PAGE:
Really? Love Lisa Louise Cooke’s blog and podcasts…. so full of good information and wonderful tidbits of history.

Seattle Genealogical Society Tip of the Week

TIP OF THE WEEK – NOTICE FOR FTDNA CUSTOMERS   Listening to angry customers, FTDNA has provided a separate option so one can now opt out of the new Law Enforcement Matching (LEM), but still maintain matching with DNA Relatives. If you care to adjust your Matching Preferences, visit the Privacy & Sharing section within Account Settings as shown in the steps below: 

1. Log in to your FTDNA account
2. Use the dropdown arrow in the upper right, to the right of name, to open the menu there and choose Account Settings
3. On the Account Settings page, open the Privacy & Sharing tab
4. Cursor down to the Law Enforcement Matching (LEM) section and slide the marker from the right (where it’s blue) to the left (where it will turn grey)

If you manage multiple accounts, you’ll have to log into each account individually and repeat steps 1-4.   Judy G Russell, the Legal Genealogist, wrote an insightful blog on the Law Enforcement Matching issue and what it might mean to you, as well as any other kits you administer. It’s dated March 13th.  If interested, you can read it here:  https://www.legalgenealogist.com/2019/03/13/a-good-start-by-ftdna/

Seattle Genealogical Society News

BEYOND THE STACKS
by Sue Jensen, Director of the SGS Library

A Library is filled with books. A Genealogical Library is filled with books about genealogy. Seattle Genealogical Society Library is filled with books and many other pieces of information about families and their ancestors and descendants.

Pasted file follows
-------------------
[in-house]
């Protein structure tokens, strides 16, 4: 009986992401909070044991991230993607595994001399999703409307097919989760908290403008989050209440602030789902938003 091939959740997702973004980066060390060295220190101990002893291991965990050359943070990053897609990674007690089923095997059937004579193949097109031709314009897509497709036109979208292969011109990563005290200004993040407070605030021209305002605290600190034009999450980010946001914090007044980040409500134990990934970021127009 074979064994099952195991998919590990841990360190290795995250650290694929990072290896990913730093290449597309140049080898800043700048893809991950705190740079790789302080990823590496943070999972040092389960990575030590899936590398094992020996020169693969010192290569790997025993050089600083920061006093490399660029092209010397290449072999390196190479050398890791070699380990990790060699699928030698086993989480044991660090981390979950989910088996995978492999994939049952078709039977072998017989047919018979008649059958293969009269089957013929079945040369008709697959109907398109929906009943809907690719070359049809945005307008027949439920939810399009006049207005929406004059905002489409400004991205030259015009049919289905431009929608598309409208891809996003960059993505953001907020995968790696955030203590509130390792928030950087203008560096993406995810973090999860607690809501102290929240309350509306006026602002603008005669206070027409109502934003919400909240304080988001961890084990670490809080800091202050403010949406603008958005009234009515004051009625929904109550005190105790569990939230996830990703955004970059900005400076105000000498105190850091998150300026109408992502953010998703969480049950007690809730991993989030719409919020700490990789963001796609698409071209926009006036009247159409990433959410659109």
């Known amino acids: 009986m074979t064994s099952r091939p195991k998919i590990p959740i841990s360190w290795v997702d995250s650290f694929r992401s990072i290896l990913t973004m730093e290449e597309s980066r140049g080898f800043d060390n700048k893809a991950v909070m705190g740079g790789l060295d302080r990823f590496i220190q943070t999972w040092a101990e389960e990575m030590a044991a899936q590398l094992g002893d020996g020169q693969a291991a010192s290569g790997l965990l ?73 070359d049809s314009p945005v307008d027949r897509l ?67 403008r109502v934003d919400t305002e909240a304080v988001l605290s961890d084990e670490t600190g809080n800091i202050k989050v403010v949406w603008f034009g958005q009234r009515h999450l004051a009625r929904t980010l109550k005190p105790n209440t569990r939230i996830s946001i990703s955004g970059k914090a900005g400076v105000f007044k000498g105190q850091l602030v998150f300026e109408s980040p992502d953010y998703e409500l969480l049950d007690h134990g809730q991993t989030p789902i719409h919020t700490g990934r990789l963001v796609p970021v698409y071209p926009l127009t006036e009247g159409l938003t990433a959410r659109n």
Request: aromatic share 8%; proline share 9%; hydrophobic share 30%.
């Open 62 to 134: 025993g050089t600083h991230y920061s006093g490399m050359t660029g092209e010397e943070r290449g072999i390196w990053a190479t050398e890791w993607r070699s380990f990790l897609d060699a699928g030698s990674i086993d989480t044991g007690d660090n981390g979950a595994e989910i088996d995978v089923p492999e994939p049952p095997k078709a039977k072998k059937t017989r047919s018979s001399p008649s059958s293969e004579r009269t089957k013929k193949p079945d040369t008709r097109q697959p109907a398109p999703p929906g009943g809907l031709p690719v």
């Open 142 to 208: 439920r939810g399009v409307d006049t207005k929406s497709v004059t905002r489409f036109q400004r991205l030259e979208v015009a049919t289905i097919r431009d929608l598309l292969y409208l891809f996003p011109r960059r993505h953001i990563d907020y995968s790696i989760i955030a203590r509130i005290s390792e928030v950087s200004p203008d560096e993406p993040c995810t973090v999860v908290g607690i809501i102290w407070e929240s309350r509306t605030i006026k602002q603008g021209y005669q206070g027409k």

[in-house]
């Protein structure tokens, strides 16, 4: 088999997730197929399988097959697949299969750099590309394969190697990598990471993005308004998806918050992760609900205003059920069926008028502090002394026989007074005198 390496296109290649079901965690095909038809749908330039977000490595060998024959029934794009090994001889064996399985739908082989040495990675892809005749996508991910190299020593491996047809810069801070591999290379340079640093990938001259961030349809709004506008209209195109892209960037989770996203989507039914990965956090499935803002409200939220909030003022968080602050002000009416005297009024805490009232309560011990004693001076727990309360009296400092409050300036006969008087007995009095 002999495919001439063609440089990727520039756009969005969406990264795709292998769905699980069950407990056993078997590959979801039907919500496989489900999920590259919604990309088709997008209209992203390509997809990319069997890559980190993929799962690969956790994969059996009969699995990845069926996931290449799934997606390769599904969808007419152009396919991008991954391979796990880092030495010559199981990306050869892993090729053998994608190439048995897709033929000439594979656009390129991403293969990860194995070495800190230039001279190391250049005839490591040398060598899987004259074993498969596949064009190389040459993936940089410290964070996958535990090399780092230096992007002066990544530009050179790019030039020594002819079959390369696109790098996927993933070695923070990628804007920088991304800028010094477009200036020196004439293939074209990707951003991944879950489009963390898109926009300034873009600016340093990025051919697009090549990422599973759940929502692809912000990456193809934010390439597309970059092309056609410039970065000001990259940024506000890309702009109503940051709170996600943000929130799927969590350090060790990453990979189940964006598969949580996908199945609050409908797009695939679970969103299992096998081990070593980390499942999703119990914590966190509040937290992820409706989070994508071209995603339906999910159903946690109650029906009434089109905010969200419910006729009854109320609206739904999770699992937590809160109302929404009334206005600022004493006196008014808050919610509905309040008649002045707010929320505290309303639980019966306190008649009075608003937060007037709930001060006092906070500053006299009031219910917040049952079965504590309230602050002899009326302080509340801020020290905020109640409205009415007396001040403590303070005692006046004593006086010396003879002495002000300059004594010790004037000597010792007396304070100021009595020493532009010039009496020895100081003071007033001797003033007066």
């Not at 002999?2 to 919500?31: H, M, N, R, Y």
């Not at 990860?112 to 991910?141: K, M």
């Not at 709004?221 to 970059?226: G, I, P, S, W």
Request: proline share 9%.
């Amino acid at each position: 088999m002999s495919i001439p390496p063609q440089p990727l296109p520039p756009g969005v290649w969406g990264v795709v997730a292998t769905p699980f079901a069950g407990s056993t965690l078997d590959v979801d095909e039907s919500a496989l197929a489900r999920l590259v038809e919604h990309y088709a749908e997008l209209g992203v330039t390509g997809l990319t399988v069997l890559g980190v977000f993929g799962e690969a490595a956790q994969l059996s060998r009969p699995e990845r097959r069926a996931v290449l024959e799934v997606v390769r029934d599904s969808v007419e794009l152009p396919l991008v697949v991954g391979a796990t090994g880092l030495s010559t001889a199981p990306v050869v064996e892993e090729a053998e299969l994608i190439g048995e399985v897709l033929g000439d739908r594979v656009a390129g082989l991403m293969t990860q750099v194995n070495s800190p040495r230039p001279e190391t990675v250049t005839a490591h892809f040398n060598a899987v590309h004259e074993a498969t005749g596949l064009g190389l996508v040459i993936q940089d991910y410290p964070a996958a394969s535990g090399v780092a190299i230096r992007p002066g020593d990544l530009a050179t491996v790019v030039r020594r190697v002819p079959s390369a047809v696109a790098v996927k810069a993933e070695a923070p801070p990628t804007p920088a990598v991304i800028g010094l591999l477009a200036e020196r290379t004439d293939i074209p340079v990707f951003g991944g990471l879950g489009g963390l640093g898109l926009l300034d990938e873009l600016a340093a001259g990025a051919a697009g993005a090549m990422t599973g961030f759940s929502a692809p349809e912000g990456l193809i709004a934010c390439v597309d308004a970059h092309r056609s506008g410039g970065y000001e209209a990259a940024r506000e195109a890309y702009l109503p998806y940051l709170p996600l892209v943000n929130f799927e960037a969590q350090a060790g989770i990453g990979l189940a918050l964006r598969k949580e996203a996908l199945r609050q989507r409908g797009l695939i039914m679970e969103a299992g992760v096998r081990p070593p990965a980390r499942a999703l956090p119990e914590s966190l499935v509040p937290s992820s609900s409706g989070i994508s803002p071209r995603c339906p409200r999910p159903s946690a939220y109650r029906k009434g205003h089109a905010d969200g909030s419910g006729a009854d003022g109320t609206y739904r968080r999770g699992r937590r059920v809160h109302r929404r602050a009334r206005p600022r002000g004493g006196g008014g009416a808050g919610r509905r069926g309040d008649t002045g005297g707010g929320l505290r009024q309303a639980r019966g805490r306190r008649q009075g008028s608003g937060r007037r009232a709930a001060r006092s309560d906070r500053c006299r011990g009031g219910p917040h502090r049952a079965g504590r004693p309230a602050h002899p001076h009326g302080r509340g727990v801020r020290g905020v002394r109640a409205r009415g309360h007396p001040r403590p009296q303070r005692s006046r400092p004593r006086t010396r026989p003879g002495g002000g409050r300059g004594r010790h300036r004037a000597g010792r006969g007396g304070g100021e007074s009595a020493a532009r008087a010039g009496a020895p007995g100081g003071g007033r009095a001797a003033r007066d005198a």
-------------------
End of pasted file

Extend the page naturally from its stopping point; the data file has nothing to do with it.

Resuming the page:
Families are the reason we “do genealogy” to find out more about the ones that came before us. Seattle Genealogical Society has received some exciting and important collections of family research over the Ninety-Six years it has been in existence. We have also received public records of Seattle and Washington based organizations and we have been actively preserving this information for our patrons. At first there were handwritten copies, then typewritten, then typed and saved on a computer disk, and now, DIGITIZATION!

Dictionary.com defines Digitization: To convert data into an electronic form that is readable and can be manipulated by a computer. This is what our very capable volunteers are doing with the family research, public records and other data that is donated to our Society. We have a great team of volunteers that go through every piece of paper, pedigree chart, letter and note from a family collection. They, the Archive Committee, then turn their work over to The Digital Power Team consisting primarily of Ann Wright and Jess Ramey. These two volunteers then turn the family collection and other data in the form of paper into digital data by scanning, indexing, and organizing it so that it will be available to be used on the computers in our Library.